Vote seen as a yardstick for parliamentary, presidential polls in 2012
Rival parties are striving to field powerful candidates to win the crucial April 27 by-elections, regarded as a prelude to the parliamentary and presidential elections slated for next year.
The vote is expected to serve as a political weather vane ahead of the two major elections as it is a nationwide poll to fill at least 26 positions ― three lawmakers, six provincial administrative chiefs and 17 local councilors.
The by-elections, initially thought to be small in scale, have become bigger and more politically significant as the Supreme Court’s rulings last week stripped three more low-level administrative chiefs of their positions for legal violations.
The main opposition Democratic Party is poised to utilize the vote to deliver a “clear judgment” on the Lee Myung-bak administration’s performance while the ruling Grand National Party is seeking to forge a more positive mood for next year’s polls.
The most hotly-contested post is governor of Gangwon Province. The previous chief was forced out after the Supreme Court confirmed that he was guilty of taking kickbacks from a businessman several years ago.
The province had long been a traditional political base for the ruling party. But the GNP suffered a humiliating defeat in the June 2 local elections last year, which showed public sentiment there had shifted in favor of the opposition parties.
Looking to maintain the positive mood for the opposition parties, Rep. Choi Moon-soon of the DP, former MBC president, has expressed his intention to run for the Gangwon governor post.
Striving to win back the hearts of residents there, the GNP plans to involve citizens in the process of selecting its candidate for the province. Former MBC president Eom Ki-young and former Prime Minister Han Seung-soo are being mentioned as possible GNP candidates.
Another fiercely-contested post is for a lawmaker representing the Bundang-eul district in Seongnam, Gyeonggi Province.
Democratic Party Chairman Sohn Hak-kyu (fourth from right) and leaders of other opposition parties and progressive civic groups clasp hands, showing solidarity in their efforts to win the upcoming by-elections at the National Assembly last week. (Yonhap News)
Former GNP leader Kang Jae-sup and former GNP lawmaker Park Kye-dong have registered preliminary candidacy with the election watchdog, setting in motion their campaign efforts. Former Prime Minister Chung Un-chan is also being mentioned as a possible candidate.
The DP is agonizing over finding the right candidate for the district. DP leader Sohn Hak-kyu is being regarded as a plausible figure to win the post given his popularity in the region. But he dismissed the possibility of running in the election, arguing that he will focus on supporting the campaigns of other DP candidates.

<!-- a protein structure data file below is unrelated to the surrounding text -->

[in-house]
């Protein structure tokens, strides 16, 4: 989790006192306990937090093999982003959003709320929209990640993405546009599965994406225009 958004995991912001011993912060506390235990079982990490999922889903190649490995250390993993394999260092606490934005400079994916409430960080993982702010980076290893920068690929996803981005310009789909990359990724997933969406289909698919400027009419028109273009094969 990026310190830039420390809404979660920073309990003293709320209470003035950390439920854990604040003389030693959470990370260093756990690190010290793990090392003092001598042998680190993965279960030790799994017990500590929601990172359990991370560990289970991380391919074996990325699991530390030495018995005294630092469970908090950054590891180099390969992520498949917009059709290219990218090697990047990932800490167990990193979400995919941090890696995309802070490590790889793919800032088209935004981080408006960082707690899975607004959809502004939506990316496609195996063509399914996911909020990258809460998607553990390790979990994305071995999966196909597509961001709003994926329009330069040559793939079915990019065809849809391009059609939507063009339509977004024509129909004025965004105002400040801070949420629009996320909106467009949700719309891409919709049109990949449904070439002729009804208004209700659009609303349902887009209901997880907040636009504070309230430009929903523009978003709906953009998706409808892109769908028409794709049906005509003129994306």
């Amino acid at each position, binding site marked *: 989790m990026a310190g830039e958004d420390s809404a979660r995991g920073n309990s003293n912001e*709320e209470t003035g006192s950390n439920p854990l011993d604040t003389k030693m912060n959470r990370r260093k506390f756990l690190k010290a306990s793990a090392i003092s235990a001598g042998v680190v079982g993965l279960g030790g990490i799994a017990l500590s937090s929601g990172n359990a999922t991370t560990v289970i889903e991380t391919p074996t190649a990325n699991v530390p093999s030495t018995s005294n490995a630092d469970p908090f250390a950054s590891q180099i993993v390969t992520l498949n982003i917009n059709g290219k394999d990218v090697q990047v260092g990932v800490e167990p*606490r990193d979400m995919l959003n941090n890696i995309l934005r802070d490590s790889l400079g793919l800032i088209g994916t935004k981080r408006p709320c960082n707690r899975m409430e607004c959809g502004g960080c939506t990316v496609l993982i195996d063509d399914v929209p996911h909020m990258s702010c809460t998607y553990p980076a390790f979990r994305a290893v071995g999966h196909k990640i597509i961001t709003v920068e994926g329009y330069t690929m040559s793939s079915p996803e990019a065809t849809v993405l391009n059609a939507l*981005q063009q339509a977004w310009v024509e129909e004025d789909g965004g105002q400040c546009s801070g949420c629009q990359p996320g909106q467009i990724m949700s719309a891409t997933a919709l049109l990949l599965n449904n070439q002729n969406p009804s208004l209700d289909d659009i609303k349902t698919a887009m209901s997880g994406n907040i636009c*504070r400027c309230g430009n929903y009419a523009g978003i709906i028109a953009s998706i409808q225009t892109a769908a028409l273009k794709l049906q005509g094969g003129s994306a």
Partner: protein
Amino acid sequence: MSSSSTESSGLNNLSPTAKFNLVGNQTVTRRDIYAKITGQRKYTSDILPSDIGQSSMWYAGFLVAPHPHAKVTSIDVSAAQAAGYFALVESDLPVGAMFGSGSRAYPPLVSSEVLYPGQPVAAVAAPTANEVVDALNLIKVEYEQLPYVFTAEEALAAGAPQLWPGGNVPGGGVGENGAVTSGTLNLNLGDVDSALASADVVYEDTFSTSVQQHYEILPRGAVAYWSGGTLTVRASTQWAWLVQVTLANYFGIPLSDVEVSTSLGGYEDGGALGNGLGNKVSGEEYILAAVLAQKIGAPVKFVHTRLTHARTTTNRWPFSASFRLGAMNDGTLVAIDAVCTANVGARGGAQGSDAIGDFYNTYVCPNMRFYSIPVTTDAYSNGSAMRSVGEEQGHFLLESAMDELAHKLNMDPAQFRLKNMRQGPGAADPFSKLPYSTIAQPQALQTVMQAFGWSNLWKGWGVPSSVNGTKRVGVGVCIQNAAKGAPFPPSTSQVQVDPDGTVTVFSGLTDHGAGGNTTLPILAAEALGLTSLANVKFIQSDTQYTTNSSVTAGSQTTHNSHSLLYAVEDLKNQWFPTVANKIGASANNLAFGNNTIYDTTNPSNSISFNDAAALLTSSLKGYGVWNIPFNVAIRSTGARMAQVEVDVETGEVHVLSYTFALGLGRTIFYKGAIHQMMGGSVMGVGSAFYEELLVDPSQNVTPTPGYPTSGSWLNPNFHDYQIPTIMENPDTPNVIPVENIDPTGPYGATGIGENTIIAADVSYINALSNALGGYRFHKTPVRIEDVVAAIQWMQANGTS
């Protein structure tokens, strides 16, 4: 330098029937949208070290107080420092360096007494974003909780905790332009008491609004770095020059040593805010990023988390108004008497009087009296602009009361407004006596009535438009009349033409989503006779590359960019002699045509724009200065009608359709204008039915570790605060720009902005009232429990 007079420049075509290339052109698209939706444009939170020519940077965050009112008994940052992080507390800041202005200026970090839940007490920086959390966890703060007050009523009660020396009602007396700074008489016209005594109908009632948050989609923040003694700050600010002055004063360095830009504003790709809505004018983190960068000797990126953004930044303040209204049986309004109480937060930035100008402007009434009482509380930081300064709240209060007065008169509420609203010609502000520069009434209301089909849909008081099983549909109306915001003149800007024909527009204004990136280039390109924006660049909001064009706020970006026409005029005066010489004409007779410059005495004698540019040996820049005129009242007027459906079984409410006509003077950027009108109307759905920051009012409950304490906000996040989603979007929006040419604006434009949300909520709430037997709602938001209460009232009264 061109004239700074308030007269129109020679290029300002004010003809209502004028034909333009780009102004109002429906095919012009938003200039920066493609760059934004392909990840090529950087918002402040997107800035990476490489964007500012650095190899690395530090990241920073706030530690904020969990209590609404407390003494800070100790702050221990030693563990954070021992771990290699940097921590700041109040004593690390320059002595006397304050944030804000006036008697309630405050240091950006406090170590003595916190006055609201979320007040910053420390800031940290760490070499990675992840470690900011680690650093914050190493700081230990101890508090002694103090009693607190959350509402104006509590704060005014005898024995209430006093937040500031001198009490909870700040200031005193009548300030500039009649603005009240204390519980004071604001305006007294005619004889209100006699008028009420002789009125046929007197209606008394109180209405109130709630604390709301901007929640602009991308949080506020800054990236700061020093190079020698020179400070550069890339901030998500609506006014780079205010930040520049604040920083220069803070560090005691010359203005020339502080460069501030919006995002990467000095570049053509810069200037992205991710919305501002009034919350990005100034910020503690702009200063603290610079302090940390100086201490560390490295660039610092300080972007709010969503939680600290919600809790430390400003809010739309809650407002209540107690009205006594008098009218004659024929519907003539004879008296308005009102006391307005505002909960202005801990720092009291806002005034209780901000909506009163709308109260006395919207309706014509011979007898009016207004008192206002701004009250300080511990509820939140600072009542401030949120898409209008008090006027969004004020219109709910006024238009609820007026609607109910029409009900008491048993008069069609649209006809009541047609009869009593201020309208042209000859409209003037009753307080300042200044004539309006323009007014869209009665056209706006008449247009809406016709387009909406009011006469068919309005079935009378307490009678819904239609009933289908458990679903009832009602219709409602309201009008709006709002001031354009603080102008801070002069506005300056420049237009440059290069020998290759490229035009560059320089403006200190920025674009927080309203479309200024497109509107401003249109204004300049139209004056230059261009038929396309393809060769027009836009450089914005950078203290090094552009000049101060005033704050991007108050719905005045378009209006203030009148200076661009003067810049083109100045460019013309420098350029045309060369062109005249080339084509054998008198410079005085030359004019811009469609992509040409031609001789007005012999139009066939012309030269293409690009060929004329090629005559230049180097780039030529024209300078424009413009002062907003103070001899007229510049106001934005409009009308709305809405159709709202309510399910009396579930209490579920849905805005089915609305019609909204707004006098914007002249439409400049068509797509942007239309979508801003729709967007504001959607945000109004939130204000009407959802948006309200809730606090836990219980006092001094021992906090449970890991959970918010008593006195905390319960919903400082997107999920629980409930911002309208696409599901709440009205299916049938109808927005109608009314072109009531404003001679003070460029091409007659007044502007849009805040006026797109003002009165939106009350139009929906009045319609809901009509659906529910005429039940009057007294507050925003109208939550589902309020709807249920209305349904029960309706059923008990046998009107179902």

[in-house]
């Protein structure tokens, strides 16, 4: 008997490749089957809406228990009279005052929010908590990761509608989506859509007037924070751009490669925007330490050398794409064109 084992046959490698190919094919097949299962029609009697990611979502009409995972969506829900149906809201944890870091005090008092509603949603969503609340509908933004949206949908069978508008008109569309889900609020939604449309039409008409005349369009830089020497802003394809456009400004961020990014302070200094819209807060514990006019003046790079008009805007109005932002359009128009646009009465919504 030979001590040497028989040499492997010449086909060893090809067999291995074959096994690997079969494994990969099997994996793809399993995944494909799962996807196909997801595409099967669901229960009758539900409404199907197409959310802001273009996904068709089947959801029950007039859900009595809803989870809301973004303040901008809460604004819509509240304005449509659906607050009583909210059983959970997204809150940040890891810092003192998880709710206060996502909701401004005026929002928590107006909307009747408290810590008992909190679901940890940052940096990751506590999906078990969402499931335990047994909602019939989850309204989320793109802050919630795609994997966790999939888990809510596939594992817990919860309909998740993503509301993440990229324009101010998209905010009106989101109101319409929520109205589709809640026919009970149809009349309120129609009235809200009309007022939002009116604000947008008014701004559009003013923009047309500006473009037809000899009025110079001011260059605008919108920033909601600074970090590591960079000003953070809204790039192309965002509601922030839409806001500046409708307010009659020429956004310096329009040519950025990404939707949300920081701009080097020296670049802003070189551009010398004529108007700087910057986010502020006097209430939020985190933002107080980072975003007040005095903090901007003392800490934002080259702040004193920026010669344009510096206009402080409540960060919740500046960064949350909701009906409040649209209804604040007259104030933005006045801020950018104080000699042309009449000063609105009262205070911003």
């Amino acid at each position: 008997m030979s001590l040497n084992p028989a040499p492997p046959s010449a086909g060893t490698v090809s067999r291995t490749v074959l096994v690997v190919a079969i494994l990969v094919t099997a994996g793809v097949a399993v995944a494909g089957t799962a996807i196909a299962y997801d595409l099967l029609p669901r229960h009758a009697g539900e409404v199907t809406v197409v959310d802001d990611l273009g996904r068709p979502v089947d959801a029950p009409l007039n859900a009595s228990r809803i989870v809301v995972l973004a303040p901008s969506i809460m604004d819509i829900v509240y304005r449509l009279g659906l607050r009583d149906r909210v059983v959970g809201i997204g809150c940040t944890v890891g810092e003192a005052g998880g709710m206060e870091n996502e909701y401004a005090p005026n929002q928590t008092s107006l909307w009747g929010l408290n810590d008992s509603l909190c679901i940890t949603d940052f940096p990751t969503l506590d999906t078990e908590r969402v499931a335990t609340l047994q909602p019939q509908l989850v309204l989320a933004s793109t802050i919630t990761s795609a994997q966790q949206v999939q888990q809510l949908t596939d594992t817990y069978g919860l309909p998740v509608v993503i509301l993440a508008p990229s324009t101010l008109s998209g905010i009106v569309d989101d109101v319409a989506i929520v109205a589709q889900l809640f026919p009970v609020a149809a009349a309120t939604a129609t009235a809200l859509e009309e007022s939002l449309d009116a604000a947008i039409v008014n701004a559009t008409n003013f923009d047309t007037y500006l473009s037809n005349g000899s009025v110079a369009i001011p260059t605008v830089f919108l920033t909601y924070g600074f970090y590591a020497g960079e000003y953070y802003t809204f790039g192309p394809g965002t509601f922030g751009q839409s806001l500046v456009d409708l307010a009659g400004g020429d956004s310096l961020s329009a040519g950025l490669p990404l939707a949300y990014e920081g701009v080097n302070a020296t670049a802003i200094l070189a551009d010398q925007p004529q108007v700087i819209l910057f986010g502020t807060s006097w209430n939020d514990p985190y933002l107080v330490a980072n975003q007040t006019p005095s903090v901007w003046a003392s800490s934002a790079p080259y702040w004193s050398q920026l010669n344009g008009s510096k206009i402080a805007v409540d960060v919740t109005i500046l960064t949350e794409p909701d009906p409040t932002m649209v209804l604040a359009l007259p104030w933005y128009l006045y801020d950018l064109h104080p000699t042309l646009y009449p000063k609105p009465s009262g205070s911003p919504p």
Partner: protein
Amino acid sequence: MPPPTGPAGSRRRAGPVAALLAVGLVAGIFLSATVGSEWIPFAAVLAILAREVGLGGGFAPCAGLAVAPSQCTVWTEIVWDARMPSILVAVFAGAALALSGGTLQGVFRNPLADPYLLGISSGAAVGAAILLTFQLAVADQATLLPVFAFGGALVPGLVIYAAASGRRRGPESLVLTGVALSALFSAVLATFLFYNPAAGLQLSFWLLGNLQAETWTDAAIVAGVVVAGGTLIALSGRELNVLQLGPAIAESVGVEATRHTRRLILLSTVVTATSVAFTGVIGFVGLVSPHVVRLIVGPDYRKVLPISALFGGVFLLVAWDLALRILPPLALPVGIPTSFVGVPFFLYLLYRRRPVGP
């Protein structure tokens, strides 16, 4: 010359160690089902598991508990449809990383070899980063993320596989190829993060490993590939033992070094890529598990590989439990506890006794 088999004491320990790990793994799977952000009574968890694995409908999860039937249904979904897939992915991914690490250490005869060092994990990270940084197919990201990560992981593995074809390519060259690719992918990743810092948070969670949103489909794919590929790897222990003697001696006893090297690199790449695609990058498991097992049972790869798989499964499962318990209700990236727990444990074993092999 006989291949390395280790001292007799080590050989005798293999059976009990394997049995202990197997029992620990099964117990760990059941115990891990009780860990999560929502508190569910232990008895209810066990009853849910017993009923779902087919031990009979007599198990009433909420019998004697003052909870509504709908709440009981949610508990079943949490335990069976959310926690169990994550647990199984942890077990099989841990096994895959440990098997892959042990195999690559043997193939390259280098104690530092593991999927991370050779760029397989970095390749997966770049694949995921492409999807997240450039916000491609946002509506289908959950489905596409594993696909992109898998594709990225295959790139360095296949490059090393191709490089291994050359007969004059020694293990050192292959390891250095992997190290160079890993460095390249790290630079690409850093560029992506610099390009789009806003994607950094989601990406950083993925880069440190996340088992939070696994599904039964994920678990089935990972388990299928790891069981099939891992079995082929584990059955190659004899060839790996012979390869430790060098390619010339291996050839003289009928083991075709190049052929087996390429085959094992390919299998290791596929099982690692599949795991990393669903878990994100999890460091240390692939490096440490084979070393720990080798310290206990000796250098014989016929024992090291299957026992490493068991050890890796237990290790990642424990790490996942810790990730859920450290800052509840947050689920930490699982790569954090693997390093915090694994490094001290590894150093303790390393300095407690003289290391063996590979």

The Gimhae-eul district in South Gyeongsang Province is also seeing fierce competition between the rival parties.
The DP believes it could win the parliamentary seat representing the district on the back of the still-strong popularity of former President Roh Moo-hyun, who was born and raised there.
The GNP, however, is trying to win the seat in its political stronghold by fielding an influential regional figure ― former governor of South Gyeongsang Province, Kim Tae-ho.
Last year, Kim was nominated as the new prime minister, but withdrew amid bribery allegations. Kim, currently studying in China, is rumored to return home early next month, stoking speculation that he will run in the by-election.
The DP is having trouble finding a high-profile figure for the lawmaker position.
Kim Gyeong-su, secretary-general of Bongha Foundation, who was one of the key aides to the late President Roh, was once considered a competent DP candidate for the district, but he declared earlier this month that he would not run for the election.
For the lawmaker post representing Suncheon, South Jeolla Province, the DP plans to form an alliance of opposition parties to field a single candidate that does not belong to it.
The opposition candidate could come from the Democratic Labor Party or the People Participation Party. Some DP members could also run for the election as independents, apart from their party.
No GNP members have yet registered their preliminary candidacy for the election in what has long been regarded as the DP’s political bastion.
By Song Sang-ho (firstname.lastname@example.org